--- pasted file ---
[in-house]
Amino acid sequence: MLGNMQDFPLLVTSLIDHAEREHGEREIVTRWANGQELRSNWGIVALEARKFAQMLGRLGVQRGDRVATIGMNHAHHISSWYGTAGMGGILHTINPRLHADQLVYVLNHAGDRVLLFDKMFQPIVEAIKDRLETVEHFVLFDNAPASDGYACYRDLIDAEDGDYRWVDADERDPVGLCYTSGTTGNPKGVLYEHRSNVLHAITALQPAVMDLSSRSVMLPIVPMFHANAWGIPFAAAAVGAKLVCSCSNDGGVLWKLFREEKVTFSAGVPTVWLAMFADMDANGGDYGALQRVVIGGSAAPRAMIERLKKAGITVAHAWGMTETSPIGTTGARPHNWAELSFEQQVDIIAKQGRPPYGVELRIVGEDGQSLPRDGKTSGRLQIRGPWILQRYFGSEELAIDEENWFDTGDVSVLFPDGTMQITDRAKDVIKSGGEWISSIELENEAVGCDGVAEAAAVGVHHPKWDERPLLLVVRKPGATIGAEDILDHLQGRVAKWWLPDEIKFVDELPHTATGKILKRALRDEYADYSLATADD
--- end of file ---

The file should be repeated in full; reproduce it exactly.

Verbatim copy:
[in-house]
Amino acid sequence: MLGNMQDFPLLVTSLIDHAEREHGEREIVTRWANGQELRSNWGIVALEARKFAQMLGRLGVQRGDRVATIGMNHAHHISSWYGTAGMGGILHTINPRLHADQLVYVLNHAGDRVLLFDKMFQPIVEAIKDRLETVEHFVLFDNAPASDGYACYRDLIDAEDGDYRWVDADERDPVGLCYTSGTTGNPKGVLYEHRSNVLHAITALQPAVMDLSSRSVMLPIVPMFHANAWGIPFAAAAVGAKLVCSCSNDGGVLWKLFREEKVTFSAGVPTVWLAMFADMDANGGDYGALQRVVIGGSAAPRAMIERLKKAGITVAHAWGMTETSPIGTTGARPHNWAELSFEQQVDIIAKQGRPPYGVELRIVGEDGQSLPRDGKTSGRLQIRGPWILQRYFGSEELAIDEENWFDTGDVSVLFPDGTMQITDRAKDVIKSGGEWISSIELENEAVGCDGVAEAAAVGVHHPKWDERPLLLVVRKPGATIGAEDILDHLQGRVAKWWLPDEIKFVDELPHTATGKILKRALRDEYADYSLATADD